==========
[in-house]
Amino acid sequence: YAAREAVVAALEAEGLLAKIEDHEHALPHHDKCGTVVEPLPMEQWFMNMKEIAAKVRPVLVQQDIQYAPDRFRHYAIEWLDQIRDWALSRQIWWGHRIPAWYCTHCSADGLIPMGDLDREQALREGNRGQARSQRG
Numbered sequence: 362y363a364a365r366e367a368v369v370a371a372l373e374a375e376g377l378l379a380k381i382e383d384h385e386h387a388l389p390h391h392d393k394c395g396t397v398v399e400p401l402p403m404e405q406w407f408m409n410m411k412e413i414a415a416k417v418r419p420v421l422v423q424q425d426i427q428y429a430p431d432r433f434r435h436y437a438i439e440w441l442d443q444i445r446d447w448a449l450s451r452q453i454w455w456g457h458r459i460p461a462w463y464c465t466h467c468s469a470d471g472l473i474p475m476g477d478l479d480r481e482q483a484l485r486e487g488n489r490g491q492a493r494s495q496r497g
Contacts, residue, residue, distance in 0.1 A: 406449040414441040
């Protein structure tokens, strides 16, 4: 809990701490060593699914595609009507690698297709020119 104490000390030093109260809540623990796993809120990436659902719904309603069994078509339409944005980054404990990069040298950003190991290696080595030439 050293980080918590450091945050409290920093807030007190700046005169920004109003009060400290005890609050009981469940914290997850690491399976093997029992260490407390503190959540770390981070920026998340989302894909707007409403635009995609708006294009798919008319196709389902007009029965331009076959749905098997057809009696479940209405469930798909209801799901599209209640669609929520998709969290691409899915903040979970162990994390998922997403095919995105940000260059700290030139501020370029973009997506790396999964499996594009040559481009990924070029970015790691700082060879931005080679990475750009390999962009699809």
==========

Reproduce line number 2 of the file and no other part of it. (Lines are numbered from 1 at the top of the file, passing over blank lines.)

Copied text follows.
Amino acid sequence: YAAREAVVAALEAEGLLAKIEDHEHALPHHDKCGTVVEPLPMEQWFMNMKEIAAKVRPVLVQQDIQYAPDRFRHYAIEWLDQIRDWALSRQIWWGHRIPAWYCTHCSADGLIPMGDLDREQALREGNRGQARSQRG